Burns are one of the most common causes of injury to children, yet there are many parents who are still unsure of what to do when their little one burns a finger. Here are some quick first aid tips on treating minor first-degree burns.
First of all, it is important to know the difference between first degree, second degree and third degree burns.
First Degree Burns
Fisrt degree burns are those that are limited to the outer layer of the skin, causing some redness and pain, but no blistering. A one-second light contact with a hot iron can cause such a burn.
Second Degree Burns
Second degree burns are more serious, as they are thicker, penetrate more layers of the skin, and also involves blistering of the skin. While a first degree burn is dry, a second degree burn is moist, and is more painful.
Third Degree Burns
Third degree burns are those burns in which all the layers of the skin have been penetrated. This is a very severe type of burn and requires hospitalisation. The skin is charred, feels leathery to the touch, and the burned area is usually white. The area may go numb if nerve endings have been destroyed, so your child may feel little or no pain.
Fourth Degree Burns
Fourth degree burns are those that extend down to muscle and/or bone. Fortunately, these burns are rare.
First Aid for burns
Cool the burn
Place the burned area under cool, running water. Alternatively, you could dip a cloth in chilled water, and place it on the burn. Do NOT apply ice to the burn, it only increases the pain of the wound and does not help much. Cool, running water is the best. Keep the burnt area under running water until the pain subsides.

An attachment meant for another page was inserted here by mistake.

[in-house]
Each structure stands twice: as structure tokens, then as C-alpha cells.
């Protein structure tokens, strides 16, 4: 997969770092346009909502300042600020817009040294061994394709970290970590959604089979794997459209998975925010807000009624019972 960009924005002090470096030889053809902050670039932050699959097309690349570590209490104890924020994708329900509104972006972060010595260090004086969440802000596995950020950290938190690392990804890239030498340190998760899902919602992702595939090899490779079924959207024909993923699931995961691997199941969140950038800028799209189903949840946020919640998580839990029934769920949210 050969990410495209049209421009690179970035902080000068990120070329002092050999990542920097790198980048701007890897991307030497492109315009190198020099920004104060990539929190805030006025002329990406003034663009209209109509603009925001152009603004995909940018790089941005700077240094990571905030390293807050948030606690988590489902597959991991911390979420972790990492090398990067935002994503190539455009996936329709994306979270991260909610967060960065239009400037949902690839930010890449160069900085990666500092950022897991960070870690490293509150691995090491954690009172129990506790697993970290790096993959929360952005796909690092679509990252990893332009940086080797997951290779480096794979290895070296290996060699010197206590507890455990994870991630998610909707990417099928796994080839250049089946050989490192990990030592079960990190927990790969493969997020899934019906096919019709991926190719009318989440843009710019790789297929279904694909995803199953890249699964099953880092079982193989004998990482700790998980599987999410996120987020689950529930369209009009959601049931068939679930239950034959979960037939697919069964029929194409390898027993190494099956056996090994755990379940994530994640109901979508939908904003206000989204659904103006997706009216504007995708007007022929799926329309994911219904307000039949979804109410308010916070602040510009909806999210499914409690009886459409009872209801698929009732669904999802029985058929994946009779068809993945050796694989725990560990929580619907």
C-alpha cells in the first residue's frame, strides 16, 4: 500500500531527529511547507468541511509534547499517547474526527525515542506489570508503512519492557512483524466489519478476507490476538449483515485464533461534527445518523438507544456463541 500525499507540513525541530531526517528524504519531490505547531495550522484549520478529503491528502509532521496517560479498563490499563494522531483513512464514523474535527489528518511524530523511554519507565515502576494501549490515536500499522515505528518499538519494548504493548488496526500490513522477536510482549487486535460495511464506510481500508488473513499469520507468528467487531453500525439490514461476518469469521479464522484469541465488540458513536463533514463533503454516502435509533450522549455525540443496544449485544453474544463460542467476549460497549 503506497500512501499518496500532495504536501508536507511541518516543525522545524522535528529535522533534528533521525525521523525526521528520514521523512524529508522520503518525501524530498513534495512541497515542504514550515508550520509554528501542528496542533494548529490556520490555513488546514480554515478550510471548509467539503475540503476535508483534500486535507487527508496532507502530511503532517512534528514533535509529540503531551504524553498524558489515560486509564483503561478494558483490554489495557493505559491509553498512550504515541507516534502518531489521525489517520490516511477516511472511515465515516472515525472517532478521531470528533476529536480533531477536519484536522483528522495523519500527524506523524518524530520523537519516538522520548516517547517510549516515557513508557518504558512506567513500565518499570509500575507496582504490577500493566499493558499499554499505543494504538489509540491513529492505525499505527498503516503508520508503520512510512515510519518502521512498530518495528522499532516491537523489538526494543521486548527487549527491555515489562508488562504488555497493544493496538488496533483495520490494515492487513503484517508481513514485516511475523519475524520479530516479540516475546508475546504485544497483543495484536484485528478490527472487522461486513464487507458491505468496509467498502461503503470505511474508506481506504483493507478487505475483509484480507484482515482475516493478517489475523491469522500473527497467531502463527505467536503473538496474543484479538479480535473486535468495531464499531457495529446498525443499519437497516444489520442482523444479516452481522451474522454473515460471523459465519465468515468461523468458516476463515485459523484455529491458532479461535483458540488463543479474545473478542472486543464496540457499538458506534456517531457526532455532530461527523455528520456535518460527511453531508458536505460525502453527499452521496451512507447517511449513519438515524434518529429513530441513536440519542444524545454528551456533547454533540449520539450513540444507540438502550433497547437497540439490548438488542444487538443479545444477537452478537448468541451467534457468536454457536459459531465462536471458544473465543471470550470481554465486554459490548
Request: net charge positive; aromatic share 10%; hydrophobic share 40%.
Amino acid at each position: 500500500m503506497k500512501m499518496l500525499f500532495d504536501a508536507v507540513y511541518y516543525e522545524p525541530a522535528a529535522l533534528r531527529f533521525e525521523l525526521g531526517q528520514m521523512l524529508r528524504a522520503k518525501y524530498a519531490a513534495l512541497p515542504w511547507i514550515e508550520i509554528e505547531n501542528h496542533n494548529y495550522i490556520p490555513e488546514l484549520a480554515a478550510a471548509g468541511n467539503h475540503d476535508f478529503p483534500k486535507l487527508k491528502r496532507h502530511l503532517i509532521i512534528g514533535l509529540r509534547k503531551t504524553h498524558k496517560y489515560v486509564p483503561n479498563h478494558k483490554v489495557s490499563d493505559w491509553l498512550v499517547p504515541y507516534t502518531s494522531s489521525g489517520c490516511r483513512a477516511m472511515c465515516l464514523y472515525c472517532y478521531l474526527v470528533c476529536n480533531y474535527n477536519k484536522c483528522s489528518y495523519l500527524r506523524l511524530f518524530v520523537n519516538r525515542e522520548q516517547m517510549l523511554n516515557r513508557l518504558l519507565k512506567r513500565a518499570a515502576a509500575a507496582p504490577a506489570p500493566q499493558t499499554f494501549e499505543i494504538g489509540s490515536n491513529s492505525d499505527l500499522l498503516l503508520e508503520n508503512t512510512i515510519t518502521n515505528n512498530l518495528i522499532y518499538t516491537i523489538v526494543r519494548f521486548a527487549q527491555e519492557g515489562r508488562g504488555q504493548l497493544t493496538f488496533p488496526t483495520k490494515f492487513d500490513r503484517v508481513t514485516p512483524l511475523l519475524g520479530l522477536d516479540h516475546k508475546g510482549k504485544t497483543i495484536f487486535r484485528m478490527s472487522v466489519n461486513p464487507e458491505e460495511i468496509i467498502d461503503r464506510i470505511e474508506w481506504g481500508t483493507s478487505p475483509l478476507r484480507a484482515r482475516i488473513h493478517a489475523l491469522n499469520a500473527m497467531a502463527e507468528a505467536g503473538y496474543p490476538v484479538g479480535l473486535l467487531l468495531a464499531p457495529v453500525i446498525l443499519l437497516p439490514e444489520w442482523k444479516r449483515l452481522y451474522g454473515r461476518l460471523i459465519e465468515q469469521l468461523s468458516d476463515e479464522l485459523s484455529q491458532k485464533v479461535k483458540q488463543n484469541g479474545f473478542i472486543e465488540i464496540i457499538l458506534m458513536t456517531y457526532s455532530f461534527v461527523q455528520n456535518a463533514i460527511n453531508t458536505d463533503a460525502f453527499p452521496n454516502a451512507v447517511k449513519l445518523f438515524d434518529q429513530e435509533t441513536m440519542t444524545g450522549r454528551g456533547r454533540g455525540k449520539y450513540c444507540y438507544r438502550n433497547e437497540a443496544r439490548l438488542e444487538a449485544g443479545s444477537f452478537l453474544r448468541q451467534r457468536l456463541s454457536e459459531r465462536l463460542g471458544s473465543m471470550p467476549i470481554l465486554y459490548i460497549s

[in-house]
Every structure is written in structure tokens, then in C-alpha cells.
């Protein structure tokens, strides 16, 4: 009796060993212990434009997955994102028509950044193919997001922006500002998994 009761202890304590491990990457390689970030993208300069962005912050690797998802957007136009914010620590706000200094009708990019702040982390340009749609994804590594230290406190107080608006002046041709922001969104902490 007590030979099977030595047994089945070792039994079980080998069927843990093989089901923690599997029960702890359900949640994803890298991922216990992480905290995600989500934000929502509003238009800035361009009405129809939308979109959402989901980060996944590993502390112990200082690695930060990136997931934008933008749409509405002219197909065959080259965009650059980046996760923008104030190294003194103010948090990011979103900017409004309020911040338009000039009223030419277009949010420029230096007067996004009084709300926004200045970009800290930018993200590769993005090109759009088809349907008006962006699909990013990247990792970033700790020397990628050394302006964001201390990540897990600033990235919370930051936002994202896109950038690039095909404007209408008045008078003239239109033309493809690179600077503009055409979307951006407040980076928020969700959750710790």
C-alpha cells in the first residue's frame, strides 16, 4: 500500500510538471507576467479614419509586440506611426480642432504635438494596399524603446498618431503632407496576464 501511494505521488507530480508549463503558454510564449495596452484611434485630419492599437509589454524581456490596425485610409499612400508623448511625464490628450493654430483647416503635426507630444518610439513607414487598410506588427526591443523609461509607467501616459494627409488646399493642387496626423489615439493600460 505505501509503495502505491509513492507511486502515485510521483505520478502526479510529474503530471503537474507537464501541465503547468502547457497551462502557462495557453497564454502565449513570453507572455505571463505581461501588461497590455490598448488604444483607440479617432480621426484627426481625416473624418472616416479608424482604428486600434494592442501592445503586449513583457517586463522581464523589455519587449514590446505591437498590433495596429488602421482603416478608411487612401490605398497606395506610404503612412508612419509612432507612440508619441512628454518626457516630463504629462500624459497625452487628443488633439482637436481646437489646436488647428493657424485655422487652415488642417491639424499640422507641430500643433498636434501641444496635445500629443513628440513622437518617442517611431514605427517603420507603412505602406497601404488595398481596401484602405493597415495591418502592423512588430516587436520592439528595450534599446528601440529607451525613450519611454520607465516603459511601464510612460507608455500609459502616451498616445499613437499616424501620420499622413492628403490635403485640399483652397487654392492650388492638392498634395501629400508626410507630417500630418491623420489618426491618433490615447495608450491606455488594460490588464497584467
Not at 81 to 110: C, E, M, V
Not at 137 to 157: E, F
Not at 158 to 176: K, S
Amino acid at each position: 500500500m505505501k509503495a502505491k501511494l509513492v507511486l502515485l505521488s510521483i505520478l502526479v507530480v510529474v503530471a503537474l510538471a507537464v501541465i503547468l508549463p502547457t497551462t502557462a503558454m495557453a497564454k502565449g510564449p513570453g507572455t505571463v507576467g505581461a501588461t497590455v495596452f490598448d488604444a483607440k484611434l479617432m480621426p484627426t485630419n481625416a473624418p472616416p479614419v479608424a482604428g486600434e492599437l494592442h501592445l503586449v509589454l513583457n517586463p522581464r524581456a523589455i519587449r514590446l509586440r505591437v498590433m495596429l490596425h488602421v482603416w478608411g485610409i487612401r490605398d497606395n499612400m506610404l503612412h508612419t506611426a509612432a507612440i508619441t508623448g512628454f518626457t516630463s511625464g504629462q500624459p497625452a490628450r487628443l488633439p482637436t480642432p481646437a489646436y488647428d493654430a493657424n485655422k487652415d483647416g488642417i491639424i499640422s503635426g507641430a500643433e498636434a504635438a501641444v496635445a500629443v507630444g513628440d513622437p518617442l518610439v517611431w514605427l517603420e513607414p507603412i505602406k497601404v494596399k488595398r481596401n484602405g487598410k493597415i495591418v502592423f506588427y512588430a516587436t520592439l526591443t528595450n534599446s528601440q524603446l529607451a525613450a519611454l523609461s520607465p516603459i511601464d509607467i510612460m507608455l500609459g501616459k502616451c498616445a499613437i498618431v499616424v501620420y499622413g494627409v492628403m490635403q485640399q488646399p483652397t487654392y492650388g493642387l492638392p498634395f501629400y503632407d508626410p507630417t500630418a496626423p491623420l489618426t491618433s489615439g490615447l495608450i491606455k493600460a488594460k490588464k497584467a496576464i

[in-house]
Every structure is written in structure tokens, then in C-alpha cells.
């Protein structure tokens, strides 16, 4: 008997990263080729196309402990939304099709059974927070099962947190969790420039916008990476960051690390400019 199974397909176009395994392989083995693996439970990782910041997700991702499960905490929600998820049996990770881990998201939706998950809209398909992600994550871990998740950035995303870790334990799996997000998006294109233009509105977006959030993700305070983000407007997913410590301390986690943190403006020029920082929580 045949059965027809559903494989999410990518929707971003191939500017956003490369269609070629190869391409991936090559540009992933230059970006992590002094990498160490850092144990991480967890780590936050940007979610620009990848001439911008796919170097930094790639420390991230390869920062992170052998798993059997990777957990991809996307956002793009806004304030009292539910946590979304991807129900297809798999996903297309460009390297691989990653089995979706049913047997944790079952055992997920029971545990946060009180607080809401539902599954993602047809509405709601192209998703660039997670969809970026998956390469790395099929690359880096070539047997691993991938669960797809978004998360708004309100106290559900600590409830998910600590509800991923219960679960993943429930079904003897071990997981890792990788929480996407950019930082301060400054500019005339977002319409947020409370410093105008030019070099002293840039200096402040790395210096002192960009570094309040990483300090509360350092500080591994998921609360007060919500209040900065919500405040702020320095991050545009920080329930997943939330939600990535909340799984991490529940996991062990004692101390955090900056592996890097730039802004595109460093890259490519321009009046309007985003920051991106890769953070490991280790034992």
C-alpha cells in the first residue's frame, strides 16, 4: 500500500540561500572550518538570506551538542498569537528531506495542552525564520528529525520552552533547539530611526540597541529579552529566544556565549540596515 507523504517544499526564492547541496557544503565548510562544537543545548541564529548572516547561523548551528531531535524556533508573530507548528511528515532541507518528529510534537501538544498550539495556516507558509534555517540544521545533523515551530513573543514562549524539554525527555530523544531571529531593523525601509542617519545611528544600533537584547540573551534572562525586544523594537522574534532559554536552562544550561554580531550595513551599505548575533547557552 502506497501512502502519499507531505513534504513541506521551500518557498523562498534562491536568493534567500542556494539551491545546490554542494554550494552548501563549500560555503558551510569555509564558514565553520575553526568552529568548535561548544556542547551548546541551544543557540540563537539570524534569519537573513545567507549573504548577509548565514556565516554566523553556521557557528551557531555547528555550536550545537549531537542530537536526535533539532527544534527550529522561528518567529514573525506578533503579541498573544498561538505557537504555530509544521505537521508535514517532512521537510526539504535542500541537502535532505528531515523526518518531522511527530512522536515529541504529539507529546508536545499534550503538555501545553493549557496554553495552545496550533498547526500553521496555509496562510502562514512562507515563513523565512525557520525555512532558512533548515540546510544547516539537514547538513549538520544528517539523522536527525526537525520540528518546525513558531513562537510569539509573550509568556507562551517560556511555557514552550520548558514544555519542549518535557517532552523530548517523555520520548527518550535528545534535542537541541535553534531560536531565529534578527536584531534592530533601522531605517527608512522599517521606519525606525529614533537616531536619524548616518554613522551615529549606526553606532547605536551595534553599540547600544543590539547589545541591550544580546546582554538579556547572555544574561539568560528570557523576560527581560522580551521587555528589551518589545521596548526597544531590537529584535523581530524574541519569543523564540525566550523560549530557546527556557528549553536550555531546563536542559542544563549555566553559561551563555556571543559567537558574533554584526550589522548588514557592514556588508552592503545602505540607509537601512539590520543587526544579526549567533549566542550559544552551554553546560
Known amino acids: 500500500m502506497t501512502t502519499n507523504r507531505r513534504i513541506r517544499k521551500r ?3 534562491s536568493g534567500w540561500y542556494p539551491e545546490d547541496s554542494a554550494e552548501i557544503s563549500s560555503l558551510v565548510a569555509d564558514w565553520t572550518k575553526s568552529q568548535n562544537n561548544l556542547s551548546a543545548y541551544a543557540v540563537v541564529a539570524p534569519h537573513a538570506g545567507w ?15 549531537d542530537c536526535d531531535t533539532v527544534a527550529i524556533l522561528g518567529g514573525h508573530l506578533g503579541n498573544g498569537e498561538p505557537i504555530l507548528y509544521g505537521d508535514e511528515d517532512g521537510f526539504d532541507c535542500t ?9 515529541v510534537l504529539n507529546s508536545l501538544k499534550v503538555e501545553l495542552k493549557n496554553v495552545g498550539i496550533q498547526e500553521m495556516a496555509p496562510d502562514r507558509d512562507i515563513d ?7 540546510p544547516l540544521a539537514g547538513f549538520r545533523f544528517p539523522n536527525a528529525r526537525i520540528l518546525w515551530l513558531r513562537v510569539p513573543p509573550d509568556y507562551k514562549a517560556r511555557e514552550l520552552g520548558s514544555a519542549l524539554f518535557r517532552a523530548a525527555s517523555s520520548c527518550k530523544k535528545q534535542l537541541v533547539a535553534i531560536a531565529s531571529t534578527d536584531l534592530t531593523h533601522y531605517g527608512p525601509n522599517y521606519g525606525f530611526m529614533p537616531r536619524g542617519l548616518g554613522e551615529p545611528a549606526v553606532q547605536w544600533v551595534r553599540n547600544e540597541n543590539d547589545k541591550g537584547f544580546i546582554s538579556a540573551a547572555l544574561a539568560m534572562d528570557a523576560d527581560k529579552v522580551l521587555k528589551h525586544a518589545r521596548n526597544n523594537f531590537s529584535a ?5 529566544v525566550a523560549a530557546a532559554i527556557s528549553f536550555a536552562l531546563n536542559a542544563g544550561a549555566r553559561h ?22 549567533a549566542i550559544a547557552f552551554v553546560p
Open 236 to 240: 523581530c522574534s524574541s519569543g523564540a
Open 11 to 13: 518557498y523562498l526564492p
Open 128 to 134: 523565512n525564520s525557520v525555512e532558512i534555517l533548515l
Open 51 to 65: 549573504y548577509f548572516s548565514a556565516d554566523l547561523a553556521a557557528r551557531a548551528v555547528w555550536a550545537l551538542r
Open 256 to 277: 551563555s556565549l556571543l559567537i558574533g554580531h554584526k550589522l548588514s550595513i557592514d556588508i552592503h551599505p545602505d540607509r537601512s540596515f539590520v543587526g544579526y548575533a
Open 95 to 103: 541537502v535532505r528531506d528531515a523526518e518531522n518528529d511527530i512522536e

Remove any clothing from the burned area immediately. Cut the clothing if you have to. If the clothing is stuck to the skin, which may be the case in second or third degree burns, do NOT remove it. If the burn is caused by a chemical, make sure you don't spread the chemical around when removing the clothing. In addition, in case of a chemical burn, remove the clothing while the burn is under running water.
Take care not to break any blisters which may have formed as a result of the burn.
After you have cooled the burn for about fifteen minutes, you may apply an ointment specific to burns, and then cover the burnt area with clean gauze.
If your child's eyes get burnt, flush the eyes continuously with water, and call a doctor immediately. If your child is wearing contact lenses, remove them.
The most important thing to remember
is to cool the burn, to reduce damage to the skin and underlying tissue.